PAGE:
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Congress overrides Obama veto for the first time in his presidency

Why override veto?
Why override veto? 02:03

The House and Senate voted Wednesday to override President Obama’s veto of a bill that will allow families of 9/11 victims to sue the government of Saudi Arabia.

Senators overrode the veto in a 97-1 vote. Senate Minority Leader Harry Reid, D-Nevada, was the only one in the upper chamber to oppose the override. 

The House overrode the veto in a 348-77 vote later in the day. 

This marks the first time Congress has successfully overridden a veto from Mr. Obama. He has vetoed 12 pieces of legislation and Congress has unsuccessfully tried to override five of them.

Aboard Air Force One, White House spokesman Josh Earnest lambasted the Senate, saying it is the single most embarrassing thing the Senate has done in decades.

President Obama slammed Congresss during a taped townhall with CNN in the late afternoon that will air in the evening. 

“I think it was a mistake and I understand why it happened,” he said. “What this legislation did was it said if a private citizen believes that having been victimized by terrorism that another country didn’t do enough to stop one of its citizens, for example, in engaging in terrorism, then they can file a personal lawsuit, a private lawsuit in court.”

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The votes come after Mr. Obama vetoed the legislation on Friday. The president has argued that the Justice Against Sponsors of Terrorism Act (JASTA) could present consequences in which it could, for example, allow people in other countries to sue the U.S.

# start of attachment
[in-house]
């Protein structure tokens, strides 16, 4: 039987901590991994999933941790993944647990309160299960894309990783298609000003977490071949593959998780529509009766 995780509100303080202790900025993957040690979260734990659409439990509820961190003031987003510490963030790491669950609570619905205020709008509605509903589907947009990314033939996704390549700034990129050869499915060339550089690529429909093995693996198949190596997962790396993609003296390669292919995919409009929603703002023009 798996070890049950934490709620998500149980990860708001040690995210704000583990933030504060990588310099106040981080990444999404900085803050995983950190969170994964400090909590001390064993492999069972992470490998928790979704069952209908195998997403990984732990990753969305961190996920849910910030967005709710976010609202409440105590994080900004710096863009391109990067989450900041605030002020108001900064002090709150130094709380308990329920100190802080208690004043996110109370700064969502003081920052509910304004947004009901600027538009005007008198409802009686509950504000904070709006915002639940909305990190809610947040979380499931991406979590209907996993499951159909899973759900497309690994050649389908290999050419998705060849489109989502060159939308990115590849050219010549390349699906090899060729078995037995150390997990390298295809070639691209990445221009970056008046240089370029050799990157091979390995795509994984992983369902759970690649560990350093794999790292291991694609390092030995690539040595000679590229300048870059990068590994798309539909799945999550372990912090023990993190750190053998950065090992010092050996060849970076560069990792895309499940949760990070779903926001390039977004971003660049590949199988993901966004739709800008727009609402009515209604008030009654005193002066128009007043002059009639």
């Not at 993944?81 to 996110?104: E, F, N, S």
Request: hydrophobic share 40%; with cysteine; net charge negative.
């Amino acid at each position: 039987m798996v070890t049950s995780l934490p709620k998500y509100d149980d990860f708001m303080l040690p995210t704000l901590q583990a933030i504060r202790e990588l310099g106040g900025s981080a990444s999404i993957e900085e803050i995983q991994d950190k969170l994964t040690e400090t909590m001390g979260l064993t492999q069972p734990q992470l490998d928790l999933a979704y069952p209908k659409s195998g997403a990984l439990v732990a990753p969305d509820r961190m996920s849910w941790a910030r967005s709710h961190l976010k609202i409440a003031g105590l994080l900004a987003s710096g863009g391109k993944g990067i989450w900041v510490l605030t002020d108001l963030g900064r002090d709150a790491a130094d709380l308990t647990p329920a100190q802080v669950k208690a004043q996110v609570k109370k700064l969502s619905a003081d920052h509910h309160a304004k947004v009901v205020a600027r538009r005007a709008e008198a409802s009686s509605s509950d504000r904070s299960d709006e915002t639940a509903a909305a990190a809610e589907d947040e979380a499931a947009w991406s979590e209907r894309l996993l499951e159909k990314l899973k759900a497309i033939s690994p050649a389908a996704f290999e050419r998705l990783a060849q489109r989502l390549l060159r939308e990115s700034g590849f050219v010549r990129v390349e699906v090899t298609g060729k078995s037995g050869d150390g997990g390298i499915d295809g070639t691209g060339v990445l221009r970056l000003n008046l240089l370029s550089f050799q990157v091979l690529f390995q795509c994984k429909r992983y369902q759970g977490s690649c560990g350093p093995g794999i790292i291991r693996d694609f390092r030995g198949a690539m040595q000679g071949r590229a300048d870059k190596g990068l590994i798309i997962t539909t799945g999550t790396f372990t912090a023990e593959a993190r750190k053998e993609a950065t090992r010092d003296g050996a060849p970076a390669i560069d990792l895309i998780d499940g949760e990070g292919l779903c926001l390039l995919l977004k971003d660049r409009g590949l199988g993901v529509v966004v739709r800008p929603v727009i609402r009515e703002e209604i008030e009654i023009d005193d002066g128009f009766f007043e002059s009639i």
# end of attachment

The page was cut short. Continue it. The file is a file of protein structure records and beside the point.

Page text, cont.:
In a last-minute attempt to explain the administration’s position, President Obama sent a letter to Reid that said the measure would harm the U.S. and wouldn’t protect Americans against terrorist attacks or improve the effectiveness of the government’s response to attacks.

“Doing so would instead threaten to erode sovereign immunity principles that protect the United States, including our U.S. Armed Force and other officials, overseas,” the president wrote. “This is why I vetoed the bill and why I believe you should vote to sustain that veto.”

The president warned that the bill “could be devastating” to the U.S. military and its service members and would lead to service members, diplomats and intelligence officials finding themselves subject to lawsuits in foreign courts.

“Such lawsuits could subject the United States and its officials to intrusive and time-consuming discovery, including demands from foreign litigants and courts for sensitive U.S. Government information or intelligence,” the president wrote. “Such lawsuits could also lead to sizeable money damages and efforts to attach U.S. Government property to satisfy those judgments -- efforts to which we would be particularly vulnerable given our substantial worldwide presence.”

Before the Senate vote Wednesday, CIA Director John Brennan blasted out a statement warning that the legislation “will have grave implications for the national security of the United States.”

“The most damaging consequence would be for those US Government officials who dutifully work overseas on behalf of our country,” he said. “The principle of sovereign immunity protects US officials every day, and is rooted in reciprocity.  If we fail to uphold this standard for other countries, we place our own nation’s officials in danger. No country has more to lose from undermining that principle than the United States—and few institutions would be at greater risk than CIA.”

In May, the Senate passed the measure by voice vote, and it had broad bipartisan support. The measure was sponsored by Sens. John Cornyn, R-Texas, and Chuck Schumer, D-New York, who rarely share the same view on legislation. The House unanimously approved the bill earlier this month.

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